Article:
posted on Aug, 5 2017 @ 07:46 AM
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originally posted by: DBCowboy

Spoken words, just words can now get you convicted of manslaughter.

Spoken words, not actions, just words can get you sent to jail.

They always could. When you hire a hitman all you do is speak ... right?



posted on Aug, 5 2017 @ 08:49 AM
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originally posted by: OccamsRazor04

originally posted by: DBCowboy

Spoken words, just words can now get you convicted of manslaughter.

Spoken words, not actions, just words can get you sent to jail.

They always could. When you hire a hitman all you do is speak ... right?


Great point. And if you want to get technical, suicide is illegal in most states.



posted on Aug, 5 2017 @ 08:54 AM
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a reply to: Taupin Desciple

I'm not a terrorist. I didn't do anything. All I did was talk and tell him what to get and how to put it together and where to place it. Just words.



posted on Aug, 5 2017 @ 09:01 AM
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a reply to: DBCowboy

I think she ought to have got longer IMO...

Here's a picture for you....imagine a hypnotherapist, using nothing but words and technique, manipulated someone's mind into thinking they were invulnerable...a superhero if you like, and they went and jumped off a tall building thinking they could soar like a bird, and of course, fell to their death.

Would you think it was a harsh penalty if the hypnotherapist was found guilt of manslaughter?

I wouldn't.

Manipulating someone into their death is still manipulating someone to their death whichever way you look at it.

Especially coercing someone who is suffering mental illness like severe depression, into killing themselves.
edit on 5 8 2017 by MysterX because: typo



posted on Aug, 5 2017 @ 09:04 AM
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originally posted by: OccamsRazor04
a reply to: Taupin Desciple

I'm not a terrorist. I didn't do anything. All I did was talk and tell him what to get and how to put it together and where to place it. Just words.


Exactly...like many conspiracies and plots throughout history, the co-conspirators lose their heads just as much as those that carry out the plot in person...think Gunpowder plot and the like.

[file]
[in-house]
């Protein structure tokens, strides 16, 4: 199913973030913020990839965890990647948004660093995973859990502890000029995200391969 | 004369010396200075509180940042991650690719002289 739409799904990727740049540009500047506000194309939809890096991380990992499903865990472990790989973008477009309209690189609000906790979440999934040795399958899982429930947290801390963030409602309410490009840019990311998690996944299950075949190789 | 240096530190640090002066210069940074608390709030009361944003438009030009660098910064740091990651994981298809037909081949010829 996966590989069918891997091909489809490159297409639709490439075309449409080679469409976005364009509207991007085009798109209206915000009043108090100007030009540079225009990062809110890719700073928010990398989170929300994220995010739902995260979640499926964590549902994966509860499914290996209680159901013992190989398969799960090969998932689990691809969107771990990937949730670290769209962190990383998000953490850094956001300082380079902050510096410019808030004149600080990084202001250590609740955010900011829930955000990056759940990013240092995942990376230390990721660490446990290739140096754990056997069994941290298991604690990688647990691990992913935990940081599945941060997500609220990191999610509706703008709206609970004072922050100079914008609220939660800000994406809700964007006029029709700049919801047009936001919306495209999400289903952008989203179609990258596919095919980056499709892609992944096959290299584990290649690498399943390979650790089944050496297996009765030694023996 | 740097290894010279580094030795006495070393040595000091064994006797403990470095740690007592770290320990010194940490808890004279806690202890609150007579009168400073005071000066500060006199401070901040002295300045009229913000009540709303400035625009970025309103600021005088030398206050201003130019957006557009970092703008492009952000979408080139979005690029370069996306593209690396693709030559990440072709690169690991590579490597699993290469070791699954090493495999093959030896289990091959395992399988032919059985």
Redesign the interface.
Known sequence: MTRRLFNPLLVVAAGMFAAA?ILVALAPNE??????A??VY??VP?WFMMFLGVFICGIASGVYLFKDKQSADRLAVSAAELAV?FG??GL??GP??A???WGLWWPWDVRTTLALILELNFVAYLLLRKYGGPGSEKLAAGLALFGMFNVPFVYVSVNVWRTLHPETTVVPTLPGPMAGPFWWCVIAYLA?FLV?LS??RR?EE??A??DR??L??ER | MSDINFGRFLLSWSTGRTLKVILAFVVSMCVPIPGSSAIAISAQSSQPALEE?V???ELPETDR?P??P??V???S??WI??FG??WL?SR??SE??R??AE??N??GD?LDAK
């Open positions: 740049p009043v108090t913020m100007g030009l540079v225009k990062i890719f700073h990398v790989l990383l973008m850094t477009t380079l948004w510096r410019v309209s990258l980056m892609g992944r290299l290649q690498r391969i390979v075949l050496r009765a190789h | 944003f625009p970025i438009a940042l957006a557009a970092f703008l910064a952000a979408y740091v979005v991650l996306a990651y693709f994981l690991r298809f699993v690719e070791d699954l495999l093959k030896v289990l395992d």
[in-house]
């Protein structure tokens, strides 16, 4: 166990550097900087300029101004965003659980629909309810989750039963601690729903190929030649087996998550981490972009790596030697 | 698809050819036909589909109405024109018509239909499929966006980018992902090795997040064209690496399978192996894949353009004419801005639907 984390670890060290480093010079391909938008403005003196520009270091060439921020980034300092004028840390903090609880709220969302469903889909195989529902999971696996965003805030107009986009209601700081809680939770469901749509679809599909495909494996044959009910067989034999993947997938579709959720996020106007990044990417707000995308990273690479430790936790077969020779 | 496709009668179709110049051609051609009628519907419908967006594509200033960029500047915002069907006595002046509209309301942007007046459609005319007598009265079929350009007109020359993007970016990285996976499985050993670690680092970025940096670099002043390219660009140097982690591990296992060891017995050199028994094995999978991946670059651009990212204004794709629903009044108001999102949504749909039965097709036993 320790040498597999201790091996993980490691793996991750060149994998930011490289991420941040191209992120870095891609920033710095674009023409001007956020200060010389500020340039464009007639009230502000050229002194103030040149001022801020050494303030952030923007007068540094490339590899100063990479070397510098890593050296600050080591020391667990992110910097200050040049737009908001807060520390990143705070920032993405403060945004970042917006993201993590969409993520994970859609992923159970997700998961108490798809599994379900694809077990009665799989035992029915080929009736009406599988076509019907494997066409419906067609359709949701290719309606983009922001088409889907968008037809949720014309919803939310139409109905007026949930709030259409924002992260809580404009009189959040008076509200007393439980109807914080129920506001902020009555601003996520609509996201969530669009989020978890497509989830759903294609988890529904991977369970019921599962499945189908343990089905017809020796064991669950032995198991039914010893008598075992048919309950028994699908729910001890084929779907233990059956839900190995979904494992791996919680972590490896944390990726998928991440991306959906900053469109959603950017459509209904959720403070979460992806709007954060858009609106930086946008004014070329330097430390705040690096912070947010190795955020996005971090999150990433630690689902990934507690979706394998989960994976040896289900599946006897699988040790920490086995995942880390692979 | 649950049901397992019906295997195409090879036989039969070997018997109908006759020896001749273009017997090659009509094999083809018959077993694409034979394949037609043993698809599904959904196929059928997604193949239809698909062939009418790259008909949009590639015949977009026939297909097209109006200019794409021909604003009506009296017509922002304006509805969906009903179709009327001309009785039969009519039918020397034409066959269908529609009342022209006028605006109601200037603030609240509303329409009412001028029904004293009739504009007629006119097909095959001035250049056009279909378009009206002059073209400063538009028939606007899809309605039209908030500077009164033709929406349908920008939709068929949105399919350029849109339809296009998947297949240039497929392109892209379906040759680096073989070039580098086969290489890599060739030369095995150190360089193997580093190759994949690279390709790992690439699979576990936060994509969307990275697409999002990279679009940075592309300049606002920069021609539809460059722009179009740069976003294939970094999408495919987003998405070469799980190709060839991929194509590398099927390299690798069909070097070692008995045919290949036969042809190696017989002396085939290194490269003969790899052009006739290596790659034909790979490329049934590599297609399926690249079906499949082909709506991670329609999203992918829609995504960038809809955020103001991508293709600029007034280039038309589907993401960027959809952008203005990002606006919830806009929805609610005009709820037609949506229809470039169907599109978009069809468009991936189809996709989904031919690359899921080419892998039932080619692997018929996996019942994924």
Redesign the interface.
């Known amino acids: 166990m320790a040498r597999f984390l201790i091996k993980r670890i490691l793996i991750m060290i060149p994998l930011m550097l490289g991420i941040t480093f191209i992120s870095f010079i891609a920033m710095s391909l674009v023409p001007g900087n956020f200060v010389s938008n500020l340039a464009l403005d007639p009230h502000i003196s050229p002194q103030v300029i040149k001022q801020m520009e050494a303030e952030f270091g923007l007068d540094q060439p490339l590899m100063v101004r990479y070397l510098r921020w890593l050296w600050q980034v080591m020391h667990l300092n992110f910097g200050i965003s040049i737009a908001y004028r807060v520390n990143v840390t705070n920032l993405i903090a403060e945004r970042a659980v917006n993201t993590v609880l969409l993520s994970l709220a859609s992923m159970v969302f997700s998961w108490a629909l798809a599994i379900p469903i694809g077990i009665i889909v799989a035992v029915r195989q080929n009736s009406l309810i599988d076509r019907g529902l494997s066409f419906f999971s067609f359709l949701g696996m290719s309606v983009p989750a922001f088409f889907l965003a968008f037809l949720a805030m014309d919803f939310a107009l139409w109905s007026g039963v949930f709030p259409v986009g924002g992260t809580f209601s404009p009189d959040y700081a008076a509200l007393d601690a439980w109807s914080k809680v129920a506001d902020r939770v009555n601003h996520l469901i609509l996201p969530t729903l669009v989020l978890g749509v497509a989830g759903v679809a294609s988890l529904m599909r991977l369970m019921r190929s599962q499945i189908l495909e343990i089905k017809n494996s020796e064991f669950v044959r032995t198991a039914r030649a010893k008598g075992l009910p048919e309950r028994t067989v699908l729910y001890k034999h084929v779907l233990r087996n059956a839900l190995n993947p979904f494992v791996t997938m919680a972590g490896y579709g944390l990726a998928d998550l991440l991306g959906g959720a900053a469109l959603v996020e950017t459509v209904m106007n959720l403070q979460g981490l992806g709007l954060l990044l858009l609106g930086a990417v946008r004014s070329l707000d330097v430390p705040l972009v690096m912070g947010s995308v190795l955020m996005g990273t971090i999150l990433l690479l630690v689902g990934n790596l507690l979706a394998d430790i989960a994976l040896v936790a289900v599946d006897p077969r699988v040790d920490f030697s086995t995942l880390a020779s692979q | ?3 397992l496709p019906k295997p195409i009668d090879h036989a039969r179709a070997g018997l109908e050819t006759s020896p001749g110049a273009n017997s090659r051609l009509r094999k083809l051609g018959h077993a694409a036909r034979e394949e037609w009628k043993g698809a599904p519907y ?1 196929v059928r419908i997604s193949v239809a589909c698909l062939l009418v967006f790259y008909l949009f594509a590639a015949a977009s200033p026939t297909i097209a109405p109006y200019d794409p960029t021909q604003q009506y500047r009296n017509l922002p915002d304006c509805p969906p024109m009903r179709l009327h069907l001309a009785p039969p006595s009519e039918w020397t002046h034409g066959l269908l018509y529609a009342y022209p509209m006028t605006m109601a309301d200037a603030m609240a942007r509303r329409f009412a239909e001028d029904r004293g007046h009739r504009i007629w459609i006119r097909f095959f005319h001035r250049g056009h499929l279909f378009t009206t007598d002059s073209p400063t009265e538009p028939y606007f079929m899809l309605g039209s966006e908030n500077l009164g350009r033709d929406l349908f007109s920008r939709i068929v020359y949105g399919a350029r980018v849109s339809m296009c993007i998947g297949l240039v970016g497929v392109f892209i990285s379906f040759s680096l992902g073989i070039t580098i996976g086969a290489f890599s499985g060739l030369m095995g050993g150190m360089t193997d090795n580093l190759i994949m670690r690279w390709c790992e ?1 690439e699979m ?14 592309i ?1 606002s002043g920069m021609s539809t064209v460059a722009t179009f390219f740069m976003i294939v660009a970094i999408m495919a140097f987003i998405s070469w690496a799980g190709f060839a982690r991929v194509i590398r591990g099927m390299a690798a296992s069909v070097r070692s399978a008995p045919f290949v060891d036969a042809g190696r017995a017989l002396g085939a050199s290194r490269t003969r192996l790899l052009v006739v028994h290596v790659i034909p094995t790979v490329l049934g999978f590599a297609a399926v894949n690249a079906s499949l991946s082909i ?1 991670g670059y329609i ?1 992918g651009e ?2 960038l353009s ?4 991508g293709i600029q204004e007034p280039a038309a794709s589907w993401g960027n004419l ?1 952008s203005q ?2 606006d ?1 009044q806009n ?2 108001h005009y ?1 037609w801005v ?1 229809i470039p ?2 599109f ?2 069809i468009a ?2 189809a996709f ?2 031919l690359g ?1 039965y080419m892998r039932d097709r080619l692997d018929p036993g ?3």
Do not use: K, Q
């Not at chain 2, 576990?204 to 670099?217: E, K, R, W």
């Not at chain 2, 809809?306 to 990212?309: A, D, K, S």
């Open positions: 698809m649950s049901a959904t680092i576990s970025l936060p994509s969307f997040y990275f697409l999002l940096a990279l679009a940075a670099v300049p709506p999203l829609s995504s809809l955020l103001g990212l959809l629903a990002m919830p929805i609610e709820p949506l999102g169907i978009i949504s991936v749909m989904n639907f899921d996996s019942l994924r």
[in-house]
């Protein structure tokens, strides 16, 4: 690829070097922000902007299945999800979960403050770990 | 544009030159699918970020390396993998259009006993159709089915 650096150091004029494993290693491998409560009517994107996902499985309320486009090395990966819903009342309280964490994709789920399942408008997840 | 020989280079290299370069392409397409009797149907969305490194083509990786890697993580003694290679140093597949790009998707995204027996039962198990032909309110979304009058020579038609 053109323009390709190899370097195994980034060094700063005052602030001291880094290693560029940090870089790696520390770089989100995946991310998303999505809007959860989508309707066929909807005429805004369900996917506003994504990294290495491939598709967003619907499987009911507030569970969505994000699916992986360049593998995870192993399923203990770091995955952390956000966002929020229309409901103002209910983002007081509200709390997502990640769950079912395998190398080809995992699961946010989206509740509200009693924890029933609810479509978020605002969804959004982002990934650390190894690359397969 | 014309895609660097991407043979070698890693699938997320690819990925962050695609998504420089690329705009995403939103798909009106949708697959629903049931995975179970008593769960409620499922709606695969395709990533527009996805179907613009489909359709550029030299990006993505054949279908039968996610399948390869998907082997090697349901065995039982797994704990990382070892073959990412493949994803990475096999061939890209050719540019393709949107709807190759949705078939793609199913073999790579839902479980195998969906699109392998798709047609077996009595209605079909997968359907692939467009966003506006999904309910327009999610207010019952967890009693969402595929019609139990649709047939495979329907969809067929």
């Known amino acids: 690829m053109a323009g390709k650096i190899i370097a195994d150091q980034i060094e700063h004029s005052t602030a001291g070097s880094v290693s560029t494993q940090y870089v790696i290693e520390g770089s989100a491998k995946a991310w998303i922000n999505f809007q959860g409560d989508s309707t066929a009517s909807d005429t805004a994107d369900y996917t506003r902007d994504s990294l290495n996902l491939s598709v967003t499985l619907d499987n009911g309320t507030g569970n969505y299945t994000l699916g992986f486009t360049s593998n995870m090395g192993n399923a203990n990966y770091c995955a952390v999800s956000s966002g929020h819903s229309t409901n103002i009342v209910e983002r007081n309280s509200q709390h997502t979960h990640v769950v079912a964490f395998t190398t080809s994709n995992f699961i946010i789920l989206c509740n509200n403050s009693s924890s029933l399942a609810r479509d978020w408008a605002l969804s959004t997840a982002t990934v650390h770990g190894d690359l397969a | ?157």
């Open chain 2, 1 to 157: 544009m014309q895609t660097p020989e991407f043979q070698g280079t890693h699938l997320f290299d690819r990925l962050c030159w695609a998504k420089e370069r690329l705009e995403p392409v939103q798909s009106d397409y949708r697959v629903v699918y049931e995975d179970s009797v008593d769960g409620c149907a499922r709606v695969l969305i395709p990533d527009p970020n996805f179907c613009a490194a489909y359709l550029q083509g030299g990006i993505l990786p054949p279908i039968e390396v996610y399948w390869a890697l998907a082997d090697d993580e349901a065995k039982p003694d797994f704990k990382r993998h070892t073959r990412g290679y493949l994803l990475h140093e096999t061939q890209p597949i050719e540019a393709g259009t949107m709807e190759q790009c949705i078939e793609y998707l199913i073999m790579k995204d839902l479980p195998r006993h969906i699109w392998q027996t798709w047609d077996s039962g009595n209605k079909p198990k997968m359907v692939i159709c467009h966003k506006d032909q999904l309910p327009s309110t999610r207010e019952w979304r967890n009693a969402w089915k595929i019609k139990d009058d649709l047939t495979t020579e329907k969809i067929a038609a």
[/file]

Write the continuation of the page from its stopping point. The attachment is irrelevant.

posted on Aug, 5 2017 @ 09:21 AM
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a reply to: Taupin Desciple

Technically it's not. Most if not all states removed that classification by the 90s. It is only seen as an unwitten common law crime and this can only pertain if the person can be found to be of sound mind.
edit on 5-8-2017 by RespectfullyDisagree because: (no reason given)



posted on Aug, 5 2017 @ 09:28 AM
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a reply to: DBCowboy

It was a tragic situation for those involved. The young ladies conviction bothers me as well. While she did not directly participate in the action the young man took she didn't do anything to stop him.

That is what bothers me about her actions. She could have called 911 to report his conversation or called his parents but instead she chose to do nothing.

Still bothered by what she was convicted of but let's remember that individuals and words have been held accountable before. Charlie Manson was convicted of murder yet never murdered anyone nor did he participate in anyway. Not exactly the same situation I know but others have been held accountable too for just words.

I don't think her conviction will stand up to multiple appeals but I do believe she owns some culpability for her inaction not her dilberate action. What conviction if any, maybe some "Good Samaritan" type law would be more appropriate. I am not comfortable with her current conviction but considering how free speech is currently under fire I do not find it surprising as emotional reaction now rule our juries and courts and not the rule of law.



posted on Aug, 5 2017 @ 09:38 AM
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originally posted by: DJMSNWhile she did not directly participate in the action the young man took she didn't do anything to stop him.
She did directly participate.



posted on Aug, 5 2017 @ 10:06 AM
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a reply to: DBCowboy

Youre right to be disturbed because of the trend that this represents and the potential for it to be used to attack individual liberties and freedoms.



posted on Aug, 5 2017 @ 10:25 AM
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a reply to: DBCowboy

This really is a tragic story. The girl was really pretty nasty.Supposedly she did what she did because it was getting her attention at school as she shared what was happening.

At the end of the day he was the one that performed the act. No one made him. If she is to be charged do you charge everyone that texts to someone "go kill yourself " or "I wish you were dead" with attempted murder? That would be the logical conclusion.